“He needs to be removed,” said Assembly member Chris Constant.
“He needs to be 86’d,” said Assembly member Pete Petersen, evidently wanting to get rid of the man for good. The Urban Dictionary says that this means he needs to be killed.
Neither Assembly member realized their mics were still hot.
And so he was removed. Dustin Darden, activist and frequent candidate for office, was ejected from the Loussac Library’s Assembly Chambers.
Darden was not only removed, he was taken away in handcuffs by armed police after an outburst at the public podium, in which he blasted the Anchorage Assembly for not honoring the wishes of the public concerning economic sanctions on businesses.
Darden has been a participant at Assembly meetings for many years. He has never cussed while at the podium. He has never gotten violent. When the mask requirement was enacted in the chambers, he simply wore a cardboard box over his head in protest.
Darden is active as a sponsor of two petitions to recall members of the Assembly.
No one ever remembers him being kicked out, much less in handcuffs. Former Mayor Ethan Berkowitz used to take a time-out and chat with Darden in the back of the room, man-to-man.
But during the dire shutdowns and the new behavior rules the mayor and Assembly have imposed in recent months due to its fear of the COVID virus, Darden has become more strident at times.
On Wednesday night, he was agitated because of the way the Assembly had treated a previous member of the public, who had yielded a portion of her three-minute time to Darden.
Assembly Chair Felix Rivera had lectured the woman about being respectful. Here’s the tape:
Rivera shut the mic off immediately after Darden started yelling from behind the Plexiglas screen that has recently been installed to protect the assembly from the spittle of the public. That triggered Darden.
Darden raised his voice louder. He was shouting, pounding the podium and demanding the Assembly reverse the crushing shutdown orders against the Anchorage business community.
Rivera called security to have Darden removed. And then, as if by magic, the police arrived. They approached Darden, who had taken his seat, and they talked to him. Then Darden rose, put his hands behind his back, and was escorted out the side door.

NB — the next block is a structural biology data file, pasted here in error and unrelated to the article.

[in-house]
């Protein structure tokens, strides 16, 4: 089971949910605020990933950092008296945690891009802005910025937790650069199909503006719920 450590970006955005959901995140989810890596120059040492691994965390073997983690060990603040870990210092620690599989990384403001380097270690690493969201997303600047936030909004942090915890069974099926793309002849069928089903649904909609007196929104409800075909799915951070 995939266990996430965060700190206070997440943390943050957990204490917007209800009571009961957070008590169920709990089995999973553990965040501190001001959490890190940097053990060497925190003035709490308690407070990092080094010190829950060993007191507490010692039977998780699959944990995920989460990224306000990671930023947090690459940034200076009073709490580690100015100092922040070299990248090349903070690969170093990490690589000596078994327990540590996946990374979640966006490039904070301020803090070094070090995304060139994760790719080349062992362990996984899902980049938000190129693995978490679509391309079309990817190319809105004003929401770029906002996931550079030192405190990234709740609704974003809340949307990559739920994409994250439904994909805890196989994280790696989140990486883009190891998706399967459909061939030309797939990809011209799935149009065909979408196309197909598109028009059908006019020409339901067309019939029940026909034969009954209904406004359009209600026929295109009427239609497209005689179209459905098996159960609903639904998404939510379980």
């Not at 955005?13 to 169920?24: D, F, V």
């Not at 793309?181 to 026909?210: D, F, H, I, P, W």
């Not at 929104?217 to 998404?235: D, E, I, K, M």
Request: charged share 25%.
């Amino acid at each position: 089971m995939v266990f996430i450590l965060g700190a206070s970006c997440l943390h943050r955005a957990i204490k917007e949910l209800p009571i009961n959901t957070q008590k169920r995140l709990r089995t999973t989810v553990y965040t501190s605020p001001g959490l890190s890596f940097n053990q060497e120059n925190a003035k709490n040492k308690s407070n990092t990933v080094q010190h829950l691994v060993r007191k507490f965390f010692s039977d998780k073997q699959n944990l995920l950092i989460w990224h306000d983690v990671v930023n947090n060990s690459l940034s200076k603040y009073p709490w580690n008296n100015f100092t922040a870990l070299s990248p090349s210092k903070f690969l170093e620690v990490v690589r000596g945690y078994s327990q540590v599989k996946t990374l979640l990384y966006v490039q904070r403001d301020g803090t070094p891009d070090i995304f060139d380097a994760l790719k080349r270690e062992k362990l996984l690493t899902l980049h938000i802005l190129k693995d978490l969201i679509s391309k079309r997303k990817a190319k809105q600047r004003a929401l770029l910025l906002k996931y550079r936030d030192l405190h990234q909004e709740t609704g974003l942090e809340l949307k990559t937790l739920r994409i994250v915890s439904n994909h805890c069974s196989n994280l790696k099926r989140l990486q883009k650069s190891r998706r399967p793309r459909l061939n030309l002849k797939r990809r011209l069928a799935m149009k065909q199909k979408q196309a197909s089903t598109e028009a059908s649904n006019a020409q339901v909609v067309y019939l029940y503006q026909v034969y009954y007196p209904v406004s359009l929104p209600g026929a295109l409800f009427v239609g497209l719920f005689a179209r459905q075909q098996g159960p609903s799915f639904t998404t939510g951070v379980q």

The government-controlled audio of the meeting was shut off for several minutes while the incident took place. There is no question that Darden was out of order for a public meeting, but did they need to call the police, the members of the audience wondered.
After all, Rivera this summer allowed two men to lie in front of him during an entire meeting. The men were protesting. And Rivera allowed a Black Lives Matter protester to yell profanities at the Assembly in a loud voice this summer, and only thanked the man for his testimony.
But Darden is someone Chair Rivera has no tolerance for.
“Every business owner in Anchorage owes Dustin Darden a thank you. He consistently shows up every single meeting fighting for them when they won’t even show up for themselves,” said Bernadette Wilson, a civic activist who also shows up at meetings and who has organized rallies, and who has also pointed at the Assembly members and yelled at them without being called out of order.
Darden was never booked, and it appears he was not charged either. But the speed that police showed up to haul him out of the Assembly Chambers was impressive to those witnessing the spectacle.
During another section of testimony by the public, Assemblyman Chris Constant also objected to citizen Tim Rooney, who was making fun of the Assembly, as he described the types of themed sandwiches that local restaurants have made in honor of them, such as “Recall Rivera Sandwiches,” and “Curmudgeon Constant Croissants.”